In the wake of recent activity near the New Madrid Seismic Zone, Illinois’ Emergency Management Agency is urging participation in an earthquake drill scheduled for Thursday.
It’s known as the Great ShakeOut, an annual exercise meant to raise awareness about the possibility of earthquakes in areas where they’re most likely to happen.
Despite not being located near a large fault line such as those in California, Illinois is at risk. A series of small quakes have been felt along the New Madrid Fault recently as last week; that runs from far southern Illinois to the south and west. In 2008, a 5.4 magnitude quake stemmed from the Wabash Valley Seismic Zone along the border of southeast Illinois and southwest Indiana.
Both zones are areas of concern for scientists at the United States Geological Survey, or USGS.
Cassie Ringsdorf is a spokesperson for the Federal Emergency Management Agency. She said there’s no room for complacency in Illinois.
“We want people to just think about what the safety is in their homes, where they work, where they go to school, and what they would do to protect themselves if something were to happen," she said.
There is up to a 40 percent chance for a major earthquake in Illinois according to FEMA. Ringsdorf said residents should take that seriously.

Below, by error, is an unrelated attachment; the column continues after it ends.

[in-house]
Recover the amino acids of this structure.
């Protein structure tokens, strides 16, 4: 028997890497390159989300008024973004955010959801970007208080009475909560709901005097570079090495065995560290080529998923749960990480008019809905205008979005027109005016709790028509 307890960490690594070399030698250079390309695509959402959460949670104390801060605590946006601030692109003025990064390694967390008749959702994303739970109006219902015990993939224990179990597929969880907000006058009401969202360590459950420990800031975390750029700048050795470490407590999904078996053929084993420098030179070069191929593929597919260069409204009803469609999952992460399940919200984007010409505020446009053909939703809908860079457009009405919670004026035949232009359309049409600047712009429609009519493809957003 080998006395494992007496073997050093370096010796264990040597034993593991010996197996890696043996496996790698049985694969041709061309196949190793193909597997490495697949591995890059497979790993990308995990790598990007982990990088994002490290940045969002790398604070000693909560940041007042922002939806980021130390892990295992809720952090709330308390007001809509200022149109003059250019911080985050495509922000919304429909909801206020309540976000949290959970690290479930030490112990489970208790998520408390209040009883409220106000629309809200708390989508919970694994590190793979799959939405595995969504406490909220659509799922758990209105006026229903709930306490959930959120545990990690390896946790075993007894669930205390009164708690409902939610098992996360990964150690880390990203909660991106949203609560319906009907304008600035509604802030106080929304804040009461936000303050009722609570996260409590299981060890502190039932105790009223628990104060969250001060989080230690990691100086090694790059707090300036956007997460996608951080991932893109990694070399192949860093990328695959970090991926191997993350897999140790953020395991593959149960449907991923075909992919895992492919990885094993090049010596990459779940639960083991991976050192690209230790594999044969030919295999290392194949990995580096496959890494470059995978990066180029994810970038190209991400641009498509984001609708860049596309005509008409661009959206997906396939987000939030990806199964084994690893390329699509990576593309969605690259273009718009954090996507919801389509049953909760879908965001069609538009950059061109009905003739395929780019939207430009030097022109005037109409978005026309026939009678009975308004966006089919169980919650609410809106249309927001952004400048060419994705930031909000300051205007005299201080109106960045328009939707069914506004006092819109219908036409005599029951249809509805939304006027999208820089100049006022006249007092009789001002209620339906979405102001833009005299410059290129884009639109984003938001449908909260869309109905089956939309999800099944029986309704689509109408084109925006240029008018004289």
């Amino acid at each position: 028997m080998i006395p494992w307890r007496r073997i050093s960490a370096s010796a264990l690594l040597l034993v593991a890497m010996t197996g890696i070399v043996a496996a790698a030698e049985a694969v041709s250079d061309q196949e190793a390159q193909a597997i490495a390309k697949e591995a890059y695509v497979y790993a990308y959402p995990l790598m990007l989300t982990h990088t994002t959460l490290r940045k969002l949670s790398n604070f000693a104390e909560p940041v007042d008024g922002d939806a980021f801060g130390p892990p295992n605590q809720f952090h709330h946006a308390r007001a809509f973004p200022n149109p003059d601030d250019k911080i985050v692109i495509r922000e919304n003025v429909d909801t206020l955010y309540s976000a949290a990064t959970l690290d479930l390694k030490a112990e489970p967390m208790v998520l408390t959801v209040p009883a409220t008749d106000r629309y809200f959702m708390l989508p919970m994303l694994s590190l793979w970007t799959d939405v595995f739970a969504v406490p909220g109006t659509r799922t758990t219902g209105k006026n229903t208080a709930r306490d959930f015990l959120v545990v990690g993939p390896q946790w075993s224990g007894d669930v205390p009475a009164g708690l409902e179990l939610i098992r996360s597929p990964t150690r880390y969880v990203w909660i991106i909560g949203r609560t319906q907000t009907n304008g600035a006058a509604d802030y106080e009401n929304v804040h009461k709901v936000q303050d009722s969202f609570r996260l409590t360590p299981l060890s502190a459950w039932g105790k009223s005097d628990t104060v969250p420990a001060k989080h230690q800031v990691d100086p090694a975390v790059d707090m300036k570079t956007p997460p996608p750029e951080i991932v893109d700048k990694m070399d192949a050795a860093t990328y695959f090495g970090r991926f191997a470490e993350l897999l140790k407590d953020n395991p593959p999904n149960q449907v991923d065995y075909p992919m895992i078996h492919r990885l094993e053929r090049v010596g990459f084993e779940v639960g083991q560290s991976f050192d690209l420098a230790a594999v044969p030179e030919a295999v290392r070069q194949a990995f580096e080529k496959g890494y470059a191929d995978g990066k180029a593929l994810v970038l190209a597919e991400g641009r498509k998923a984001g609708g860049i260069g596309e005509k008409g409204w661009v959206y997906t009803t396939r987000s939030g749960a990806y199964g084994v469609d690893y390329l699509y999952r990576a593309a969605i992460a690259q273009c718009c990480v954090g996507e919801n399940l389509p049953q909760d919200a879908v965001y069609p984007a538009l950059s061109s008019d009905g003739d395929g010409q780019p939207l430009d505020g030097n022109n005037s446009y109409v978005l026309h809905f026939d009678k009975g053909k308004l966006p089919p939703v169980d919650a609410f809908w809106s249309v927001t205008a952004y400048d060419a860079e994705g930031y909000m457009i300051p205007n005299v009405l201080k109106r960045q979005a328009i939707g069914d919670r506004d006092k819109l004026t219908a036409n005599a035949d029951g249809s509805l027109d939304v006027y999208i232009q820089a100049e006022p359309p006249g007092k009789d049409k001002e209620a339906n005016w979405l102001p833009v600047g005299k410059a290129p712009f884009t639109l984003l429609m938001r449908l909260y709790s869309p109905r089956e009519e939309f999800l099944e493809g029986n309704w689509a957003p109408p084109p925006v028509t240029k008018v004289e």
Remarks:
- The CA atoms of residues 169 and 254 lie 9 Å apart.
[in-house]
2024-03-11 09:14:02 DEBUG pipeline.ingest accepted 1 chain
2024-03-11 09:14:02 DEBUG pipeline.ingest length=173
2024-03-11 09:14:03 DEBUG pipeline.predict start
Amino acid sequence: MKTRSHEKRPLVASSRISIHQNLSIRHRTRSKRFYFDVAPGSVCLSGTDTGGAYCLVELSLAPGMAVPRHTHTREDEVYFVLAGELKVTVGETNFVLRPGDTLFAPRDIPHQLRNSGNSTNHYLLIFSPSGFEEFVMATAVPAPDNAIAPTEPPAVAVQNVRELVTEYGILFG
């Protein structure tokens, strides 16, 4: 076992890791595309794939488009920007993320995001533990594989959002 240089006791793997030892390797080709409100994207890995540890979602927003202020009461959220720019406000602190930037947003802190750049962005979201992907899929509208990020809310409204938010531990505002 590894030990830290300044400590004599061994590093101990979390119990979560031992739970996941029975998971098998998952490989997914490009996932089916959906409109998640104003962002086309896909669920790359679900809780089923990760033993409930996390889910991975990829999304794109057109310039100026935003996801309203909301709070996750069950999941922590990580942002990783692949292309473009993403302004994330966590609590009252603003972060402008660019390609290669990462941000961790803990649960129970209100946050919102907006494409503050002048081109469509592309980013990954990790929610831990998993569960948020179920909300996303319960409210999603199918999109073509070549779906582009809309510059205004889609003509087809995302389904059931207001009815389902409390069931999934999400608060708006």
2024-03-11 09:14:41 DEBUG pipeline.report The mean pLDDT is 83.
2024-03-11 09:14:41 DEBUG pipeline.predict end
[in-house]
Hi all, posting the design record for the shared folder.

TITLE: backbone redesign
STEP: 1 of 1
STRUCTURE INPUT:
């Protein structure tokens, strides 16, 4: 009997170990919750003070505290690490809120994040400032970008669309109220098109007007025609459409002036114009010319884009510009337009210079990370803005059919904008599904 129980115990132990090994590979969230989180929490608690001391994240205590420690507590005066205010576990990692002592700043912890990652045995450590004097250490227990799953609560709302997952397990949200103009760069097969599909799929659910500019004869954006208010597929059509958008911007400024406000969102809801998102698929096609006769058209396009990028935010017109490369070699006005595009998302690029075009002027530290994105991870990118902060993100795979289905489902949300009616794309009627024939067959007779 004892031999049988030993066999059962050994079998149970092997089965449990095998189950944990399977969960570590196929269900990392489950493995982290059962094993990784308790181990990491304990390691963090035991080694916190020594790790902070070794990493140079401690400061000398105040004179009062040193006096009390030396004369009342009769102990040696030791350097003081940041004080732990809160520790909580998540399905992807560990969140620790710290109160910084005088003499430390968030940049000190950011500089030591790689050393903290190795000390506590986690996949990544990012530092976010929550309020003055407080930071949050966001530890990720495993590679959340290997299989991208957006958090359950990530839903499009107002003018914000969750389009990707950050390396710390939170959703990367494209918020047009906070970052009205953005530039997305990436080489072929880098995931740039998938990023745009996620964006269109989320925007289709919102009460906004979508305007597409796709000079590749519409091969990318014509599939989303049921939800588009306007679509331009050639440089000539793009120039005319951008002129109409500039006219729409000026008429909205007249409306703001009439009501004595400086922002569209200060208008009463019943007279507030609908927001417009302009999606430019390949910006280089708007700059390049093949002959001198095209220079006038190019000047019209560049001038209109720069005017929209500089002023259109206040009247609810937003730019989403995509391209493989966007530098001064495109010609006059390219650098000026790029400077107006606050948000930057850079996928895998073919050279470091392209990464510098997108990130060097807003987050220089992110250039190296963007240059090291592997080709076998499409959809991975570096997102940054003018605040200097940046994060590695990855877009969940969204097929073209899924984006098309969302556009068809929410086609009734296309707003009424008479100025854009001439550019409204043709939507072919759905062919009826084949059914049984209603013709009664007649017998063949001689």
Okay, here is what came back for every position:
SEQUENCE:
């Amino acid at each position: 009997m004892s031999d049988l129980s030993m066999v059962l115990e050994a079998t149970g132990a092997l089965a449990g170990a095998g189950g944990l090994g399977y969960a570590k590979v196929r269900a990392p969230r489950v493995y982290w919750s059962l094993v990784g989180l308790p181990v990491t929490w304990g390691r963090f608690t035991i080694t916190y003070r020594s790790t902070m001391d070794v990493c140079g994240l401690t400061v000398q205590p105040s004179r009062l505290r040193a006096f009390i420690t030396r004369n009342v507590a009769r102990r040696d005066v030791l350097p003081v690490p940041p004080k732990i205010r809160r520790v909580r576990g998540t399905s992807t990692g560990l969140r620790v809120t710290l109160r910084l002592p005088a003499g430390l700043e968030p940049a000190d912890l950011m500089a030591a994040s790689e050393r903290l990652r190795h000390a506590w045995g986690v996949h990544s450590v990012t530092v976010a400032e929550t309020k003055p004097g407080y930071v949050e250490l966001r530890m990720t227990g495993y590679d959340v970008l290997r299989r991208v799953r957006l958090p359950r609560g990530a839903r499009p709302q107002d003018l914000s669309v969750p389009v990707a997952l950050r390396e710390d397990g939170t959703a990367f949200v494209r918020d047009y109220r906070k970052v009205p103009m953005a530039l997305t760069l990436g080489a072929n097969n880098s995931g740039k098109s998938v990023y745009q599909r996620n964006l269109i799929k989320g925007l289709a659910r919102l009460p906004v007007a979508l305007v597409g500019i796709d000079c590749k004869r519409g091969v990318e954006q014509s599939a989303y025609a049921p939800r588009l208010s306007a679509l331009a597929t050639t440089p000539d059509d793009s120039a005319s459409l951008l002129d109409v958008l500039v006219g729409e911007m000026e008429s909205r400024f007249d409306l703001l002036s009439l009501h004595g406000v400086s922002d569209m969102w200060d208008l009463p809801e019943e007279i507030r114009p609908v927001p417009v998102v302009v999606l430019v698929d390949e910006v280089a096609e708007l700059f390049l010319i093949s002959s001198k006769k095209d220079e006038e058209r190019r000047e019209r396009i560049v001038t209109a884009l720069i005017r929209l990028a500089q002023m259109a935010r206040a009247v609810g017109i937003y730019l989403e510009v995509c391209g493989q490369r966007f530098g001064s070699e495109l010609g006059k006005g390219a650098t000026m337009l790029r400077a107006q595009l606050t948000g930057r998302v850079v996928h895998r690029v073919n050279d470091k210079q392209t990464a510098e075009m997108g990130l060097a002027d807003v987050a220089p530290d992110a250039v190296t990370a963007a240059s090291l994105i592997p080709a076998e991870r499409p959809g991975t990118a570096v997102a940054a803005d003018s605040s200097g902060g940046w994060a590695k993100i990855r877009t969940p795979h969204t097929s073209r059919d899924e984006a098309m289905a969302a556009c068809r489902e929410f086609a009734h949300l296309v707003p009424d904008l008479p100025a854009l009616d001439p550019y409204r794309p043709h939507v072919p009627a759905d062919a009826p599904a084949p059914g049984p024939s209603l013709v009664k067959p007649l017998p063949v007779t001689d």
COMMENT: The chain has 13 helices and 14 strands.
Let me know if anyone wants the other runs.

“Ultimately, there’s a risk," she explained. "I don’t think we would necessarily tell anybody it’s a low risk, high risk, medium risk; risk is risk. From our perspective, we want everyone in Illinois to be aware of what that risk looks like.”
The upcoming Great ShakeOut drill will remind residents to drop, cover, and hold on if an earthquake strikes. FEMA says about three million people have signed up to take part.
Officials encourage residents who live near Illinois' major seismic zones to move heavy objects from open areas to prevent them from moving in the event of a quake. Earthquake injuries are typically caused by loose objects that are tossed around as the earth shakes.